This Smart Bike-Sharing Startup Is Looking To Blaze A New Path


This is the final post of an eight-part “Best New Small Businesses” series highlighting Atlanta’s growing entrepreneurial scene. This series is sponsored by PNC Bank. More in the series »

viaCycleviaCycle was originally hatched by five engineers during post-graduate studies at Georgia Tech University.

The startup viaCycle is a different type of bike-sharing model. It’s a “Smart Bike-Sharing” company looking to blaze a path through Atlanta and eventually the rest of the country.

What makes viaCycle different from programs like Citi Bike in New York City?

The bikes will be GPS-enabled, meaning users can lock and unlock bicycles through a phone call, text, or mobile app.

The company also won’t have to build docking stations because the bikes don’t need one — the app will show users the nearest area to pick up and drop off their rentals. This means the bikes can be locked to any standard bike rack, which also cut costs by one-third when compared to other similar kiosk-based sharing systems.

Siddharth Doshi, the CTO of viaCycle, tells Business Insider that the initial idea for viaCycle came from the fact that “we wanted to implement bike-sharing at Georgia Tech, and all the existing systems were too difficult and expensive to implement.”

At the time in 2011, the bike-sharing trend had just taken off in Europe and Doshi and his CEO Kyle Azevedo wanted to create something similar in Atlanta. “When we first launched, most people didn’t know what bike-sharing was … Now people are familiar with docking stations, and most decision makers are aware of ‘smart-bike’ systems as well.”

Since its inception, the company has grown from 10 bikes on the campus of Georgia Tech to over 100. 


How it works
Existing mostly as a vendor to large-scale institutions, viaCycle provides everything required of a shared bicycle fleet.

Through hardware, it’s able to track bicycle location and ridership.

Once users have their bikes (the app will reveal the nearest location), they can unlock them by sending a text and including the bike’s number. Payment is also automatic through the app, so there will be no need to carry a credit card during rental.

The pricing structure is determined by the institutions viaCycle works with. At Georgia Tech for example, rentals are free for the first 30 minutes with a standard membership. After that, for anywhere from 6-24 hours it costs $20.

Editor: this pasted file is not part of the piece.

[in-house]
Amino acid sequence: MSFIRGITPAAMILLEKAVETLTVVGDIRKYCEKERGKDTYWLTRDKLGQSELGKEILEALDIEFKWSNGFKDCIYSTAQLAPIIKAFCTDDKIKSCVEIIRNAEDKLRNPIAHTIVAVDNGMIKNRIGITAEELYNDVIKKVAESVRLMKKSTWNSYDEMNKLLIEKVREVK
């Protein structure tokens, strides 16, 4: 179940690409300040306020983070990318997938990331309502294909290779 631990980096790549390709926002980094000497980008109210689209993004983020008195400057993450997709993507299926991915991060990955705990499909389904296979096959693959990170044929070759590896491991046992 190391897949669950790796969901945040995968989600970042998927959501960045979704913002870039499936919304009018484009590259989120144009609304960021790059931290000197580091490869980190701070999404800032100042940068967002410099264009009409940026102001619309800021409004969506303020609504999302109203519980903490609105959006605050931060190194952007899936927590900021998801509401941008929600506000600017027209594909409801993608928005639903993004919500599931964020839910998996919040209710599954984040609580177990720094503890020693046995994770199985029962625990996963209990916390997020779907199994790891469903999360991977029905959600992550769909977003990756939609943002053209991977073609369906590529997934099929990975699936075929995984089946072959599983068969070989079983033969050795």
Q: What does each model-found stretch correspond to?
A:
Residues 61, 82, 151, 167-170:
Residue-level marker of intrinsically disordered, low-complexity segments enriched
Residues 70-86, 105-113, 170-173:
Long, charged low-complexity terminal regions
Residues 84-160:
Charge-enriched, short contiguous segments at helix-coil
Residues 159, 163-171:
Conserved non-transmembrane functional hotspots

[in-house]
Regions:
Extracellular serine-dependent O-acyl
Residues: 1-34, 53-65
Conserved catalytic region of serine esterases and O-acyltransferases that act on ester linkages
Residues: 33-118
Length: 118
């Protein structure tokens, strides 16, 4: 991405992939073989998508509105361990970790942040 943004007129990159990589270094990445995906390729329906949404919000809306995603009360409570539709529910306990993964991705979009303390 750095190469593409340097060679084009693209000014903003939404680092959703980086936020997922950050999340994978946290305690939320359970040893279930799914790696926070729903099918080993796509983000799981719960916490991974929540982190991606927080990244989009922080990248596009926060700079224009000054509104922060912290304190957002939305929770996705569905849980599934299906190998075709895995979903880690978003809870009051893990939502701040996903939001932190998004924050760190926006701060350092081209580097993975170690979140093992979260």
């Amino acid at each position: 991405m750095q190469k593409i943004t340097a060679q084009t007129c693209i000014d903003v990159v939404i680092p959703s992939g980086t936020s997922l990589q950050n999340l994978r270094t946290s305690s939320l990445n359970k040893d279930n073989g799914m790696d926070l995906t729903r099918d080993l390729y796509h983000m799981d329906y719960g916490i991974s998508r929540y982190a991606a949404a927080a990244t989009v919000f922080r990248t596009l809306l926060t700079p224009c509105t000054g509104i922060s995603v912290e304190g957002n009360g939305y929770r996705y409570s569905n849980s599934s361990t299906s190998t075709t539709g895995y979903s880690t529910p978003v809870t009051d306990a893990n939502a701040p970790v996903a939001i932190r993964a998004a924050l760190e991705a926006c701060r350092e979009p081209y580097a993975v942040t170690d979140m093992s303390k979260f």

The future of bike sharing in Atlanta and how viaCycle hopes to fit in

Atlanta is the latest city trying to catch up with bike-sharing programs spreading across the nation

The Southern city hopes that by 2016 it will have a vast network of bicycle facilities available, with 570 bicycles at 57 stations throughout the metropolitan area.

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“What I envision is folks getting to jump on a bikeshare bike and travel through major dedicated facilties to get to all the major shopping centres, theatres, parks,” says Joshua Mello, the city’s Assistant Director of Transportation. 

Atlanta has already allocated more than $2 million to upgrade existing bicycle lanes and build Atlanta’s first bicycle boulevard and neighbourhood greenway.

The proposed plan will include 120 miles of bicycle facilities and 60 miles of bicycle lanes connecting bikers from the west side (Pine City) to Inwood Park, in addition to the Midtown area.

Atlanta is considering both fixed programs (those with a kiosk) and flexible systems (bicycles with an inherent locking mechanism like viaCycle’s). Mello says there are tradeoffs to both. Fixed station systems allow anyone visiting to walk up to a station and use a bike at any moment without having to be registered.

But Doshi believes that flexible programs will be more common in the near future because of its cost-effective technology.

“The proven model so far has been with docking stations,” Doshi says. “Smart-bike systems still haven’t been implemented at city-wide scales yet which means cities will likely go with the traditional solution, but that is changing slowly.”

If viaCycle catches on though, smart-bike systems could take hold quicker than some might think. 

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